Some studies did not report any significant association did not report any significant association (Dufouil (Dufouil et al et al, 1996; Palsson , 1996; Palsson et al et al, 1999) . , 1999).  ...  Dufouil, C., Fuhrer, R., Dartigues, J. F., Dufouil, C., Fuhrer, R., Dartigues, J.  ... 
doi:10.1192/bjp.181.5.406 pmid:12411266 fatcat:mdpdkax7wrhvjm76mxkqqape2q

Migraine and cognitive decline in the population-based EVA study

Pamela M Rist, Carole Dufouil, M Maria Glymour, Christophe Tzourio, Tobias Kurth
2011 Cephalalgia  
Background-Previous studies on migraine and cognition have shown mixed results. However, many could not assess the relationship between migraine and change in cognitive function or only used a limited number of cognitive tests. Methods-Prospective cohort study among 1170 participants of the Epidemiology of Vascular Aging Study who provided information about migraine status and completed cognitive testing. Participants were classified as having no severe headache, non-migraine headache and
more » ... ne. Cognitive functioning was measured at up to four time points using nine different cognitive 3. Waldie KE, Hausmann M, Milne BJ, Poulton R. Migraine and cognitive function: a life-course study. Neurology. 2002;59:904-8. ( 4. Pearson AJ, Chronicle EP, Maylor EA, Bruce LA. Cognitive function is not impaired in people with a long history of migraine: a blinded study. Cephalalgia. 2006;26:74-80. ( 5. Scher AI, Gudmundsson LS, Sigurdsson S, Ghambaryan A, Aspelund T, Eiriksdottir G, et al. Migraine headache in middle age and late-life brain infarcts.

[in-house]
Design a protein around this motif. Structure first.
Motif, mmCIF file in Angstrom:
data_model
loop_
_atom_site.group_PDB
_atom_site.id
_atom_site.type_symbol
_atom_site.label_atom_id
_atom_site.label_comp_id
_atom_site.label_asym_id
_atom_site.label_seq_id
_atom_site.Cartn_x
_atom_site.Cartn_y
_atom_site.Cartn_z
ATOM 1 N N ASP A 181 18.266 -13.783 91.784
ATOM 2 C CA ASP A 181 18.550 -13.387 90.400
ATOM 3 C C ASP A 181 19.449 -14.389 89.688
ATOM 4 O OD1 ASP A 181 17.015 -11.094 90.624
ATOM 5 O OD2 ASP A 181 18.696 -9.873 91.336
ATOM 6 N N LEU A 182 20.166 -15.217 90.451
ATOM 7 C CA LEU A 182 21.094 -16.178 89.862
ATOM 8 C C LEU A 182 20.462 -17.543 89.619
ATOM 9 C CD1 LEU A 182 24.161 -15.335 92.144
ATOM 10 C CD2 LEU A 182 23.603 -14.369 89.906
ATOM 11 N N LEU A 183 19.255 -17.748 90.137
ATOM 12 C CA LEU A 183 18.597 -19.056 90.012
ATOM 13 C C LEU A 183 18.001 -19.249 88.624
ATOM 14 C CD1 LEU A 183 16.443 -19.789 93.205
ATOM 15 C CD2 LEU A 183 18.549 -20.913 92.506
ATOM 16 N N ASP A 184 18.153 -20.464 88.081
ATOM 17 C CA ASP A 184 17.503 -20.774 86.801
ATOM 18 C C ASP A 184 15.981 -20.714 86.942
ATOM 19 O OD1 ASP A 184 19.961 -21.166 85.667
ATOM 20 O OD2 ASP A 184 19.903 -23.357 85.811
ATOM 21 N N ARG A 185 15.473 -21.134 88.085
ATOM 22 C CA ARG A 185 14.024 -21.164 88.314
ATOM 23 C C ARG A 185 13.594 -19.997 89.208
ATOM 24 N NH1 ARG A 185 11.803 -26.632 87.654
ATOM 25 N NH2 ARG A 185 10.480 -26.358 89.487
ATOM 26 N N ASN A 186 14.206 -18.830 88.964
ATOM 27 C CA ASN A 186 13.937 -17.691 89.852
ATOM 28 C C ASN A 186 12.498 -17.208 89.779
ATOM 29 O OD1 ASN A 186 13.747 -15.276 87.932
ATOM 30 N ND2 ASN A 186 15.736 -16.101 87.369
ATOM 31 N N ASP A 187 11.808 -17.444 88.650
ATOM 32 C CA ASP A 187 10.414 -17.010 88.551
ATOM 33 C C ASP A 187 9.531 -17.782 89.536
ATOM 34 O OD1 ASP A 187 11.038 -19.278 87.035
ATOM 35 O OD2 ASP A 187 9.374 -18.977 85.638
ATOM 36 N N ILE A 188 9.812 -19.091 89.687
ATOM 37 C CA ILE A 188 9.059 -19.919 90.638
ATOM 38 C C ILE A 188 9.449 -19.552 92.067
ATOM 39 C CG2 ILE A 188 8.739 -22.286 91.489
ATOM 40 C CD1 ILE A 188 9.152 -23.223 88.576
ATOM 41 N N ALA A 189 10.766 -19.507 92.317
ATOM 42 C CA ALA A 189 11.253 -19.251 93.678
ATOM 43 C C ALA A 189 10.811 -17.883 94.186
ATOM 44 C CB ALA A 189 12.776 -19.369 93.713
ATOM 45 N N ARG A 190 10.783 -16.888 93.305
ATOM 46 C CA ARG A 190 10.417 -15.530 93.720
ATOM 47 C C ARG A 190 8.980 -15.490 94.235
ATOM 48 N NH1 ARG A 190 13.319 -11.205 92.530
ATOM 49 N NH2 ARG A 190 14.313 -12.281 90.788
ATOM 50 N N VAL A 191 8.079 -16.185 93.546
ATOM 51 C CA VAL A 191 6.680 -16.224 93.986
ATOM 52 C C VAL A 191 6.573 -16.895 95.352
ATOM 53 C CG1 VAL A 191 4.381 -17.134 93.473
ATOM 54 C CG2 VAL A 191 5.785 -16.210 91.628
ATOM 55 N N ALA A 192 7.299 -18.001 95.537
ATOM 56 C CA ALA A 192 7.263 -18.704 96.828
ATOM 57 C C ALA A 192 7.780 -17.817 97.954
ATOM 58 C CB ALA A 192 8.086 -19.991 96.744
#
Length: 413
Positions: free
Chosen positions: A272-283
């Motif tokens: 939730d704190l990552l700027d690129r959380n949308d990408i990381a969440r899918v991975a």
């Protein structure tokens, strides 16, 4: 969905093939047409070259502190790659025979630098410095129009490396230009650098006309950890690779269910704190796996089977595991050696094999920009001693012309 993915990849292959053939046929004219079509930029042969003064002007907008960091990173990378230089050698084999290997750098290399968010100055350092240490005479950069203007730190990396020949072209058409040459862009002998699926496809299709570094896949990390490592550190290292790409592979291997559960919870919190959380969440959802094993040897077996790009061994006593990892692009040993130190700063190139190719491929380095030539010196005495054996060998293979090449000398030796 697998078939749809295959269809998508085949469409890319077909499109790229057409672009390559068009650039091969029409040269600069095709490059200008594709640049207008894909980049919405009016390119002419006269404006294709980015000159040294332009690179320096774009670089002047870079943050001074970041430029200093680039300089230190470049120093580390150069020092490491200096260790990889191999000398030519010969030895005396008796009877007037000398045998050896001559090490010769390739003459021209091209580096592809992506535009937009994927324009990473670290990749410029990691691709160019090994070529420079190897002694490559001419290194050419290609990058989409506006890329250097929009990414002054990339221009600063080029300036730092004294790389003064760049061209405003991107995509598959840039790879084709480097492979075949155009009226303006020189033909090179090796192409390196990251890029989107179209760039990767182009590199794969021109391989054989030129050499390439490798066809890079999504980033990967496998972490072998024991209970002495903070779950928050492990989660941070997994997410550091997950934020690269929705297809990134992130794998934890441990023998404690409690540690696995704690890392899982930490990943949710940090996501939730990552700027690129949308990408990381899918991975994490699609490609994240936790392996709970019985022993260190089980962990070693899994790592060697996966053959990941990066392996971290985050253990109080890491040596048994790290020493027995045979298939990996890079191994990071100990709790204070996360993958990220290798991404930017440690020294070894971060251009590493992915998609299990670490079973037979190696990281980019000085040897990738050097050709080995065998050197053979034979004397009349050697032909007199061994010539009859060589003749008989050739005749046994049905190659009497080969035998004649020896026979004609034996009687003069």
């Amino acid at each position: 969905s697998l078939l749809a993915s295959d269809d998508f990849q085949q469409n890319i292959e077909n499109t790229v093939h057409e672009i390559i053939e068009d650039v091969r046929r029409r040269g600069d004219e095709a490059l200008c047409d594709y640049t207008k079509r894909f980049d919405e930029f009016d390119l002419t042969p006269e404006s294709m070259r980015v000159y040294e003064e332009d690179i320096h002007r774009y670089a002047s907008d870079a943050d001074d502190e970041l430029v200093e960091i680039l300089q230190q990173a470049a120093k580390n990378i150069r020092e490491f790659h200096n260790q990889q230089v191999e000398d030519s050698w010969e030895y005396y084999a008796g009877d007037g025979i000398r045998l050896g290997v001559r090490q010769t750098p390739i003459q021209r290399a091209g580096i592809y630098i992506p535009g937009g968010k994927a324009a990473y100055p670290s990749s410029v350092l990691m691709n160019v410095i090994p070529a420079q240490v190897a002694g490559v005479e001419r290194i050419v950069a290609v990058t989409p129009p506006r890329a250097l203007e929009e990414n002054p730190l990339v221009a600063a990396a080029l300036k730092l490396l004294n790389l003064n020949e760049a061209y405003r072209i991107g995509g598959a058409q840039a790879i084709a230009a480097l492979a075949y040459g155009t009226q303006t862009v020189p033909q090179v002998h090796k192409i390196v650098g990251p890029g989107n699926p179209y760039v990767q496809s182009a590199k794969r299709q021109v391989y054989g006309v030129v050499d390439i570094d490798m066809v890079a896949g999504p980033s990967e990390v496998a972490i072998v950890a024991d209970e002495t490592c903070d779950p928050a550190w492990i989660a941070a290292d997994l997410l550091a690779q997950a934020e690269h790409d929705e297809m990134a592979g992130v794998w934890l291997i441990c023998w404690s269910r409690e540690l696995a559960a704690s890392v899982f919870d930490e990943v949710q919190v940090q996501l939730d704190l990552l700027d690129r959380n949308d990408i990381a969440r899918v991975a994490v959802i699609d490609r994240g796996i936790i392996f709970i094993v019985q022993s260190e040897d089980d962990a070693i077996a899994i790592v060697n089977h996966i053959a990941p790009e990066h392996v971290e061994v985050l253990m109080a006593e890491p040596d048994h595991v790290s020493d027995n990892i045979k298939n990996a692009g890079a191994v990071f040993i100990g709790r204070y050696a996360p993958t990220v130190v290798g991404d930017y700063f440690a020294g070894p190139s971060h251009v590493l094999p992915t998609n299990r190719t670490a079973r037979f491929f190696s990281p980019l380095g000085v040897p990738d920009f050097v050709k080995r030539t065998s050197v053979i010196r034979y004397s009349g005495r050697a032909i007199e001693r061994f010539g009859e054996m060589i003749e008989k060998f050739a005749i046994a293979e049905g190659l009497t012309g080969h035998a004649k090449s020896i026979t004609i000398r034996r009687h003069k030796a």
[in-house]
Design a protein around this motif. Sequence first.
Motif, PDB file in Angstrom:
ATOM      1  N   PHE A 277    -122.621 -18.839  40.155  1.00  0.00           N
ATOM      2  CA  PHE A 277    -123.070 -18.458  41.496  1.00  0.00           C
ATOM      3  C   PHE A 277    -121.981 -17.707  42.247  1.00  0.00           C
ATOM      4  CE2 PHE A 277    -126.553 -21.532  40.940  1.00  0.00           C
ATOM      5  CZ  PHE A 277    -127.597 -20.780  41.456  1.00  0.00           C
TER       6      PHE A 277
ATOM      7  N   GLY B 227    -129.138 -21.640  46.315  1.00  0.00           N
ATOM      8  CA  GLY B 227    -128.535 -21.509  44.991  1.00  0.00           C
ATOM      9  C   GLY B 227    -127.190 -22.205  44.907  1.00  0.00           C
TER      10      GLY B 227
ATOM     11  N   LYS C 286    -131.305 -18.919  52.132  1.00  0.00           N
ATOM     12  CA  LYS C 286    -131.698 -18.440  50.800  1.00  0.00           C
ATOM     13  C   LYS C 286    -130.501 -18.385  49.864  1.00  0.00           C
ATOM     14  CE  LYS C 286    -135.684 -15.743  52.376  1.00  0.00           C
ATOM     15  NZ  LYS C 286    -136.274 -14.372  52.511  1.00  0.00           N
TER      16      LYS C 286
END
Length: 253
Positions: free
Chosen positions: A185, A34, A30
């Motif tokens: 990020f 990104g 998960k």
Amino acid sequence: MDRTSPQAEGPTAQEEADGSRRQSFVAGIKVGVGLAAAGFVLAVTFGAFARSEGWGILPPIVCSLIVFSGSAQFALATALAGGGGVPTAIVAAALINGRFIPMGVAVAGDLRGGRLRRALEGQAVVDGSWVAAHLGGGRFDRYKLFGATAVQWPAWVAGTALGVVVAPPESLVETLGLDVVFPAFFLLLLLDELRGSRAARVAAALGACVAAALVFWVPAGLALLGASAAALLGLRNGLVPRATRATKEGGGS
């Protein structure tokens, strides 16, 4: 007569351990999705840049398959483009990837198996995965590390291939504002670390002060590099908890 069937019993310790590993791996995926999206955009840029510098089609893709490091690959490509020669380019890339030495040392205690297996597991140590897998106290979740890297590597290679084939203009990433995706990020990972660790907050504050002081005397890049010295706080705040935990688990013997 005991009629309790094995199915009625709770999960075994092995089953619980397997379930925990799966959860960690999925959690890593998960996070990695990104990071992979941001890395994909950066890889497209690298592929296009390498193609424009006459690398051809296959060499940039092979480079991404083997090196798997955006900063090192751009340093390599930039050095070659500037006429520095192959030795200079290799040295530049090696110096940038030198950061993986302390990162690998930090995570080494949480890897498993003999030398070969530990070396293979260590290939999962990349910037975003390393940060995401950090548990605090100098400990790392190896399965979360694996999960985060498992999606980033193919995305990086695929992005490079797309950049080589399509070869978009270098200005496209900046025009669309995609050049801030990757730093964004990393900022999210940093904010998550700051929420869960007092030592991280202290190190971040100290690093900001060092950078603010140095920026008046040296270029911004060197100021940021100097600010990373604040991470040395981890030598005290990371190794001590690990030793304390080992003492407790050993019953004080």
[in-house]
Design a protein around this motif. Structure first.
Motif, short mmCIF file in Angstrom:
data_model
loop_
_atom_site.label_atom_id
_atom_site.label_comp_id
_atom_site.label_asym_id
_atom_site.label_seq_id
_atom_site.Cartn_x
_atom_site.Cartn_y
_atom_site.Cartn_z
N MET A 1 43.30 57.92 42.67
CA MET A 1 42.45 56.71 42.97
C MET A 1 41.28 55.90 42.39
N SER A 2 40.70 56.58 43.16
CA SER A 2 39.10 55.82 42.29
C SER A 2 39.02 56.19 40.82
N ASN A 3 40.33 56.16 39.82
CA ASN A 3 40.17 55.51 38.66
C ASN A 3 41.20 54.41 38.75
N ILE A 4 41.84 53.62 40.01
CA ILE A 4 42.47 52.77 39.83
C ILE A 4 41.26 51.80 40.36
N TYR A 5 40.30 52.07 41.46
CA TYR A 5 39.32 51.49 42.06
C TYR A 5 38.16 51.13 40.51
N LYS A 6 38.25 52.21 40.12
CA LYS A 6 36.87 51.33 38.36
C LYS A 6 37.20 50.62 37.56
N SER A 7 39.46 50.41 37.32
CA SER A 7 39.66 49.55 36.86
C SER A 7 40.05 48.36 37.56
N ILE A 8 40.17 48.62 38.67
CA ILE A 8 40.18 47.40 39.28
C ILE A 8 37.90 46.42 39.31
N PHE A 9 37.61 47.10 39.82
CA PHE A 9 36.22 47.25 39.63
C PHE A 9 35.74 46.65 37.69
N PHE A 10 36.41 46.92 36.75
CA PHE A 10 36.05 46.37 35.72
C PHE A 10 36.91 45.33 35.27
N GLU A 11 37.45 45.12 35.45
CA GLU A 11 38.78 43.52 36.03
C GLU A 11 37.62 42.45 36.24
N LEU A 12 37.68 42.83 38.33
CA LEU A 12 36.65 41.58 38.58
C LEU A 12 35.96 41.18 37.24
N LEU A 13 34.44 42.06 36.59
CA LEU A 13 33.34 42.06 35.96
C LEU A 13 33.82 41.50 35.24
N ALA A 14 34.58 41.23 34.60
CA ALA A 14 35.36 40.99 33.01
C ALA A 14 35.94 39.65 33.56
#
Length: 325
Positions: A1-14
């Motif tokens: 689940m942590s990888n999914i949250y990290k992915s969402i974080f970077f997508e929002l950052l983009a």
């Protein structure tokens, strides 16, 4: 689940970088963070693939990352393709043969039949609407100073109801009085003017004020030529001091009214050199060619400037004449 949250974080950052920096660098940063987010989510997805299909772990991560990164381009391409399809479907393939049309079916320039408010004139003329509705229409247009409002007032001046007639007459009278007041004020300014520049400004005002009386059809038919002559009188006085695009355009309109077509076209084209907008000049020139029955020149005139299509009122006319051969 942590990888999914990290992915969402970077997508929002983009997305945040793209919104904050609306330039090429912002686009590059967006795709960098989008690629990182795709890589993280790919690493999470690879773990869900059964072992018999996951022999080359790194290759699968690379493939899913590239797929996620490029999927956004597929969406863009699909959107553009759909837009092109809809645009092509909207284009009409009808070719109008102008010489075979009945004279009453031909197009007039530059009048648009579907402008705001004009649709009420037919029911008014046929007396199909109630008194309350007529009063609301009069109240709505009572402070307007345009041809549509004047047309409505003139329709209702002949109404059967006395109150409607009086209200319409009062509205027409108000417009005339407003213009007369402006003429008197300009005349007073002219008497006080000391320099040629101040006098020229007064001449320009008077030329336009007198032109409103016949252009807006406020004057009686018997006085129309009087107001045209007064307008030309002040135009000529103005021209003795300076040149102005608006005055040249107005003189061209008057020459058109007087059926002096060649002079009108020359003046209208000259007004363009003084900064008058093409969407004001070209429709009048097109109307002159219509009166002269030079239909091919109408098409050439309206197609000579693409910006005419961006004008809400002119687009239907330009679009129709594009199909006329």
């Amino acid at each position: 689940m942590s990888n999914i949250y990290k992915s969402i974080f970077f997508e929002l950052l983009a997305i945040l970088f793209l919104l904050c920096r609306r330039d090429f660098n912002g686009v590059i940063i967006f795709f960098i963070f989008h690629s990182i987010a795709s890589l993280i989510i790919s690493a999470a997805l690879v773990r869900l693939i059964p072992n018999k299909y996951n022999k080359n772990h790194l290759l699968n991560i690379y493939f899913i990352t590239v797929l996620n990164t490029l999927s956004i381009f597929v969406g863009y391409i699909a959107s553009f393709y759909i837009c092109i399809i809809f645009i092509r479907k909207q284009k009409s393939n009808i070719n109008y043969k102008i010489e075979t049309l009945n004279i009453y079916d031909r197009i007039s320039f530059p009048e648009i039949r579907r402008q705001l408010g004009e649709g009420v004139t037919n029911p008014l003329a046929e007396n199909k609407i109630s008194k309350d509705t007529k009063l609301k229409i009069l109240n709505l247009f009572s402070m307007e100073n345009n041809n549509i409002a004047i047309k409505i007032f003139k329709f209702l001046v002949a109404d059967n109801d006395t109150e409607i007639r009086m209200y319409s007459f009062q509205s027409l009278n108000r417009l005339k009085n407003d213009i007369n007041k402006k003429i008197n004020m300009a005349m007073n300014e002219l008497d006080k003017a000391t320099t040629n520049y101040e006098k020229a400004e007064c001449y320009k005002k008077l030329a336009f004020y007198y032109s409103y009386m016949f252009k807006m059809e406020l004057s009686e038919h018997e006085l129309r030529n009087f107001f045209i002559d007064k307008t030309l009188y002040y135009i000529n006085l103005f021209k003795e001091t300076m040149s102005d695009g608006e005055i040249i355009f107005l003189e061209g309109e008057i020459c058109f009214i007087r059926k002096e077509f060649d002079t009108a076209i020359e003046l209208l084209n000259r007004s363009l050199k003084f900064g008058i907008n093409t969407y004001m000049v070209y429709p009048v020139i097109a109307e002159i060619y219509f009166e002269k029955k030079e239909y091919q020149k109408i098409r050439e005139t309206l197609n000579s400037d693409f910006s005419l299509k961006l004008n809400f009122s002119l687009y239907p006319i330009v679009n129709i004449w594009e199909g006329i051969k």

doi:10.1177/0333102411417466 pmid:21816772 pmcid:PMC3175294 fatcat:i2jhj47pdrfnpk7tnsjlvsqw7u

Current Developments in Dementia Risk Prediction Modelling: An Updated Systematic Review

Eugene Y. H. Tang, Stephanie L. Harrison, Linda Errington, Mark F. Gordon, Pieter Jelle Visser, Gerald Novak, Carole Dufouil, Carol Brayne, Louise Robinson, Lenore J. Launer, Blossom C. M. Stephan, Gianluigi Forloni
2015 PLoS ONE  
Accurate identification of individuals at high risk of dementia influences clinical care, inclusion criteria for clinical trials and development of preventative strategies. Numerous models have been developed for predicting dementia. To evaluate these models we undertook a systematic review in 2010 and updated this in 2014 due to the increase in research published in this area. Here we include a critique of the variables selected for inclusion and an assessment of model prognostic performance.